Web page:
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Oneida Nation, MAST continues the fight for expanded Tribal Self-Governance

Government Administrative Office

Oneida Nation photos

Pechanga Band of Indians Chairman Mark Macarro provides MAST membership with a National Congress of American Indians (NCAI) update December 14, 2022, in Minneapolis. Oneida Nation Chairman Tehassi tasi Hill (right) and others participate. 

Government Administrative Office

The Oneida Nation continues to fight for expanded Tribal Self-Governance as a member Nation of the Midwest Alliance of Sovereign Tribes (MAST). MAST is an intertribal organization representing the 35 federally recognized tribes and four intertribal organizations in Wisconsin, Minnesota, Michigan, Indiana, and Iowa. Oneida Business Committee (OBC) Chairman Tehassi tasi Hill, Intergovernmental Affairs Director Melinda Danforth, and Councilman Daniel-Guzman King were on hand December 14-15, 2022, in Minneapolis as MAST held roundtable discussions and voted on resolutions aimed at advancing, protecting, preserving, and enhancing the mutual interests, treaty rights, sovereignty, and cultural way of life of the sovereign nations of the Midwest.

“Our MAST meetings have really been gaining traction for us as we continue to successfully address issues of importance for Oneida,” Chairman Hill said. “One of the big things we pushed for was Indian Child Welfare Act (ICWA) litigation and legislative updates. During our roundtable sessions one of the other things brought up is for all the tribes in the region to start thinking about what prioritized issues need to get completed with the Biden Administration having two years left. Hopefully by the time we hold our Legislative Summit in February 2023 in Washington, D.C., we’ll be able to press for those issues.”

Other roundtable discussions included the Indian Health Services (IHS) Bemidji Area budget formulation, as well as talks on how traditional wild rice is faring in different states across Turtle Island. For instance, tribes in Michigan are currently in discussions with Governor Gretchen Whitmer to make wild rice the official grain in that state. Wild rice is the official grain in Minnesota as well, however that state chose to create their own task force to implement this endeavor without any tribal consultations, and the crop is not producing as anticipated.

Federal legislation is on the board to make wild rice a specialty crop in California, however MAST has expressed, in no uncertain terms, complete opposition to this proposal due to clearly stated false language in the bill. A statement in the legislation saying wild rice is not traditionally grown and harvested by any Native Nation on Turtle Island has drawn the ire of all MAST member nations.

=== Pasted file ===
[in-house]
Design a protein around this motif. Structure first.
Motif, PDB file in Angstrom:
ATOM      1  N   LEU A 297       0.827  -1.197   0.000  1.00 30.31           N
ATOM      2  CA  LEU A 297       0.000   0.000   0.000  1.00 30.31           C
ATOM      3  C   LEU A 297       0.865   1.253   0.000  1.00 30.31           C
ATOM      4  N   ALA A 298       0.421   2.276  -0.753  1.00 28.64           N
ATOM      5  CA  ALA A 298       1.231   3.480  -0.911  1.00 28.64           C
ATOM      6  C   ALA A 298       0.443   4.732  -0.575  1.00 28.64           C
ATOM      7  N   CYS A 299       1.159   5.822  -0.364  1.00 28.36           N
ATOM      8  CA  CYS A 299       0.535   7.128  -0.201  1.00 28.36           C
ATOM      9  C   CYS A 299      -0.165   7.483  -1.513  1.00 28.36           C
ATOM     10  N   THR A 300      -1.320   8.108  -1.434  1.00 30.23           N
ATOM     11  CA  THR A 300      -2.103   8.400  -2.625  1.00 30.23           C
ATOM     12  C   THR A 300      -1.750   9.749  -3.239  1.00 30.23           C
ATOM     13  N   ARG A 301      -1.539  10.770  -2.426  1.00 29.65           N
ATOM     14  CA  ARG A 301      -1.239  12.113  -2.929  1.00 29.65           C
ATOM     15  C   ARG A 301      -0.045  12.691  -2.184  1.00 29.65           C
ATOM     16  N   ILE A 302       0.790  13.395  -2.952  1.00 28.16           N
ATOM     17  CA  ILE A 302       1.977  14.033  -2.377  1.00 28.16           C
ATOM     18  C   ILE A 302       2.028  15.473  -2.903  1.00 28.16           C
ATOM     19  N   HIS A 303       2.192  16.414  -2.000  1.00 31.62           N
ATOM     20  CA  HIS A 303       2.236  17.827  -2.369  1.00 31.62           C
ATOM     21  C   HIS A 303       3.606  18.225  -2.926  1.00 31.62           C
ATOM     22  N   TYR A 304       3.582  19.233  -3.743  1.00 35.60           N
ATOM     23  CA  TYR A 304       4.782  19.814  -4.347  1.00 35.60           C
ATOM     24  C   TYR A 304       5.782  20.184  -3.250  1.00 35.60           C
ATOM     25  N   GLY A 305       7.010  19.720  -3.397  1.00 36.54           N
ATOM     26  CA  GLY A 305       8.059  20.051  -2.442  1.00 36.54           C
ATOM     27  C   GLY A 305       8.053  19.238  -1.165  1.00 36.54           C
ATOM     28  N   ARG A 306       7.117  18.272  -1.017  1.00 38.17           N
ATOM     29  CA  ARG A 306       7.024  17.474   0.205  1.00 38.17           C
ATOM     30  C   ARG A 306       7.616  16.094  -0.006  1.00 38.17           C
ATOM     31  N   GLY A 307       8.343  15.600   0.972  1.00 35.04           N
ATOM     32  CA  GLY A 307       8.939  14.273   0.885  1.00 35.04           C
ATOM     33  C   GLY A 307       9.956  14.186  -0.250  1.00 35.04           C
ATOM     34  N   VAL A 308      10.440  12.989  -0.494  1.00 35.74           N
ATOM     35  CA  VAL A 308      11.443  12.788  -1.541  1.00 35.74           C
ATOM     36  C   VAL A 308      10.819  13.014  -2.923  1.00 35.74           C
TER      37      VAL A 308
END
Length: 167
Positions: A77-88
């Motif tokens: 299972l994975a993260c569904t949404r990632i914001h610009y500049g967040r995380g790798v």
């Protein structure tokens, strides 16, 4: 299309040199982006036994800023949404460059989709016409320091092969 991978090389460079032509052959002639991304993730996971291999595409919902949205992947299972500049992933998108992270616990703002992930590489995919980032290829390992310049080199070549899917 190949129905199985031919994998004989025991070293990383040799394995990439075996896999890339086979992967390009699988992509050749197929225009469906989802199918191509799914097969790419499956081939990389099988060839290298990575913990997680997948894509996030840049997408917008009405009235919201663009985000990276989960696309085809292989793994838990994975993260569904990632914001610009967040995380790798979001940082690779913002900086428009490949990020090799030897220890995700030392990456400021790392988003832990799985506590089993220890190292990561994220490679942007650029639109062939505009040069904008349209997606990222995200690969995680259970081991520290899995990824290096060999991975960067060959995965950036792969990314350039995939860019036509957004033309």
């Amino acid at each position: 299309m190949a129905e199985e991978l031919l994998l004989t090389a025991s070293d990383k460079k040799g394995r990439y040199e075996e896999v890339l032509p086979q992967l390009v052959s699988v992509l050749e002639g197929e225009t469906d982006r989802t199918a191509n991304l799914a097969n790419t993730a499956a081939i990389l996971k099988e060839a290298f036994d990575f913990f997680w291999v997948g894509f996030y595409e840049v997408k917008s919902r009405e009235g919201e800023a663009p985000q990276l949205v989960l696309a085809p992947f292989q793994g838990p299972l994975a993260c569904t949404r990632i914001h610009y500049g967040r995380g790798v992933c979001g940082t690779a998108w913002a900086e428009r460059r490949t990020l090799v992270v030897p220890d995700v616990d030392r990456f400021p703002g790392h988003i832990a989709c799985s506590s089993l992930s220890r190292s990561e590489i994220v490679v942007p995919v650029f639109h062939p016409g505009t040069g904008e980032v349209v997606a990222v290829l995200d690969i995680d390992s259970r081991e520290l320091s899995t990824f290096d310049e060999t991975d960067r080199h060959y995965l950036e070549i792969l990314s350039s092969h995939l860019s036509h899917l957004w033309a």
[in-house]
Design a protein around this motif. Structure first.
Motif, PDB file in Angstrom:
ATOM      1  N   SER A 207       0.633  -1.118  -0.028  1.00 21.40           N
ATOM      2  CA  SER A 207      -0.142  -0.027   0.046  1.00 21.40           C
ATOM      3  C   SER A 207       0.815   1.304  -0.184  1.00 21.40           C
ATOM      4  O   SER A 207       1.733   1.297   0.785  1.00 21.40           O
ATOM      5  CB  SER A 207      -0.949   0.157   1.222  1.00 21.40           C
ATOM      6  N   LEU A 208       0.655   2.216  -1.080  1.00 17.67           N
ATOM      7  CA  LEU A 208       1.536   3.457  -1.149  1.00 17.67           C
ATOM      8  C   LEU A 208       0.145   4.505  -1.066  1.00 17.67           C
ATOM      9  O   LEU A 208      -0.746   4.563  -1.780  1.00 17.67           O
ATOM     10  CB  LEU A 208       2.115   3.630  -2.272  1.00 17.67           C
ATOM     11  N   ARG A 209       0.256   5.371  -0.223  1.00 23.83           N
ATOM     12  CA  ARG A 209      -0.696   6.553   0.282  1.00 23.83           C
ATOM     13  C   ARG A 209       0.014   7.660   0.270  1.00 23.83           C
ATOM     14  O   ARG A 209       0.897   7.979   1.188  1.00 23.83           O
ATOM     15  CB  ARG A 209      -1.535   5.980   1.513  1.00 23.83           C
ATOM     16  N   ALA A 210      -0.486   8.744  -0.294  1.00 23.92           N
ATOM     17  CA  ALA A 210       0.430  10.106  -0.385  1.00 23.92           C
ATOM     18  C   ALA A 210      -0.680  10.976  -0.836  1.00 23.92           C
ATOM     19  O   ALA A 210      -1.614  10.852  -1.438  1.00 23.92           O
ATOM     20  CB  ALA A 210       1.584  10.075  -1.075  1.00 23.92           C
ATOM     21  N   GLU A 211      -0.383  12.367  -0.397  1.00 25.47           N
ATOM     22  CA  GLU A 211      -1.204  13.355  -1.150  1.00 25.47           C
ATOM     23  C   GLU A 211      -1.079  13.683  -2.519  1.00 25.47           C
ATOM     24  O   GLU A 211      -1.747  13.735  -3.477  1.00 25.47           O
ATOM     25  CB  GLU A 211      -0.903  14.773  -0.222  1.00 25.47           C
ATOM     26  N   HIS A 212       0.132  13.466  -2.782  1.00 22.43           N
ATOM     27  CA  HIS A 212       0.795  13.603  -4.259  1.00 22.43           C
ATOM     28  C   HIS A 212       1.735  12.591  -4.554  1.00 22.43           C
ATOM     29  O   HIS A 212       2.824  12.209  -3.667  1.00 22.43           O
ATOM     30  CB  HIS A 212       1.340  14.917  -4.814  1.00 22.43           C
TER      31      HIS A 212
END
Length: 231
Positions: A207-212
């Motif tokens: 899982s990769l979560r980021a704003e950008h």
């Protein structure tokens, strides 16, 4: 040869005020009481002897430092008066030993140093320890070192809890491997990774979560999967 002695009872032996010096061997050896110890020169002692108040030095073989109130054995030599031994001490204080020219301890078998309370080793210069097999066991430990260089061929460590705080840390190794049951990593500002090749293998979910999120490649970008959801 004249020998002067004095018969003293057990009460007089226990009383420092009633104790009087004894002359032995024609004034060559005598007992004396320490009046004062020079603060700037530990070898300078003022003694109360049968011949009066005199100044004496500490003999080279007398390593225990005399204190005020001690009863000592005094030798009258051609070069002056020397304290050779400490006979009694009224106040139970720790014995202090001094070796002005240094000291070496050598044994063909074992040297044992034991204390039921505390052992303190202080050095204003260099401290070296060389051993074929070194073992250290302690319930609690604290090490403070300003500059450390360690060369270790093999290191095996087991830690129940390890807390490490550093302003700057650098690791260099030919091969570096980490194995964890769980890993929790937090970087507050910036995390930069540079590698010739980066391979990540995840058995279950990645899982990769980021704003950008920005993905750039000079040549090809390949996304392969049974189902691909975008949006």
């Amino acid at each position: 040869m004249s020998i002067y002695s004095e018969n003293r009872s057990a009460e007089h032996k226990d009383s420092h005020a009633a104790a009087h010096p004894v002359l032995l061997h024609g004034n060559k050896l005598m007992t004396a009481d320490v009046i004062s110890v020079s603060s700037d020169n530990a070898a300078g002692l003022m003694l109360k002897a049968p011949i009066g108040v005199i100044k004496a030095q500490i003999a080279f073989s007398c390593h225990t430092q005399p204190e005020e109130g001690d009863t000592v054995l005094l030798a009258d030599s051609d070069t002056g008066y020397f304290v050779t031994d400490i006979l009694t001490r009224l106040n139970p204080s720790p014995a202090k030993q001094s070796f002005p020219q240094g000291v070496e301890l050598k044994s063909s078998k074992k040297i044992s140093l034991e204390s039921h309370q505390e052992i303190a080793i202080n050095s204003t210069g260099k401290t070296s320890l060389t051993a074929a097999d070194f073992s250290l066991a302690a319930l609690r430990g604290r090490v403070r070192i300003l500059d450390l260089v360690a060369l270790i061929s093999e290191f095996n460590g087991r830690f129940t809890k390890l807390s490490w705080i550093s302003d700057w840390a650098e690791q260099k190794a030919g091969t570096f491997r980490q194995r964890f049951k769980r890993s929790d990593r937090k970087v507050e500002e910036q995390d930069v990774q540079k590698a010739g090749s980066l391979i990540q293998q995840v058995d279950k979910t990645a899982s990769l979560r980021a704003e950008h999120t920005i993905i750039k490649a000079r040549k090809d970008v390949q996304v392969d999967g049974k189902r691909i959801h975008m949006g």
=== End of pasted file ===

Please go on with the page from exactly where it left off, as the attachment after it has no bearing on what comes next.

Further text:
Passage of this bill in its current form would make wild rice a specialty crop in California allowing for access to certain USDA programs. This is problematic as tribes were told this access to federal funds would be positive, however the false language in the bill is concerning because the act could change the status of the crop from a wild, natural product to a commercialized one. This could effectively blur the distinction between paddy grown rice and naturally occurring wild rice. Concerns also exist that growing new strains of wild rice will threaten the native natural rice.

MAST member nations also passed a resolution giving their unequivocal support to Minnesota’s Prairie Island Indian Community to back their ongoing concerns of flooding and the potential for a nuclear accident occurring on their lands and water. This is the result of the federal government’s building of a dam in 1938 and the placing of a nuclear power plant on their reservation land in the early 1970s without their permission. Not surprisingly, the federal government has also reneged on its promise to remove nuclear waste from the power plant causing an already massive stockpile of waste to now triple in size. This waste now comes to within 600 yards of some residents’ homes even as Prairie Island Indian Community attempts to add a property called Elk Run to its reservation despite these troubling environmental issues.

MAST then reviewed items to be addressed on future meeting agendas. Some of these items include opioid litigation and the current status of the opioid epidemic. They will also begin exploring the possibility of creating a Midwest Regional Tribal Drug Task Force and lobbying the Federal Emergency Management Agency for the appropriate funds. Forming a Midwest Tribal Police Chief Association will also be discussed, and the United Southeastern Tribes (USET) will press for a Restorative Justice and Domestic Investment Marshall Plan to address broken promises showing the United States has not lived up to its obligations to Tribal Nations. They also gave their formal support to the Health and Human Services Tribal Advisory Committee which includes Oneida Nation Councilwoman Jennifer Webster.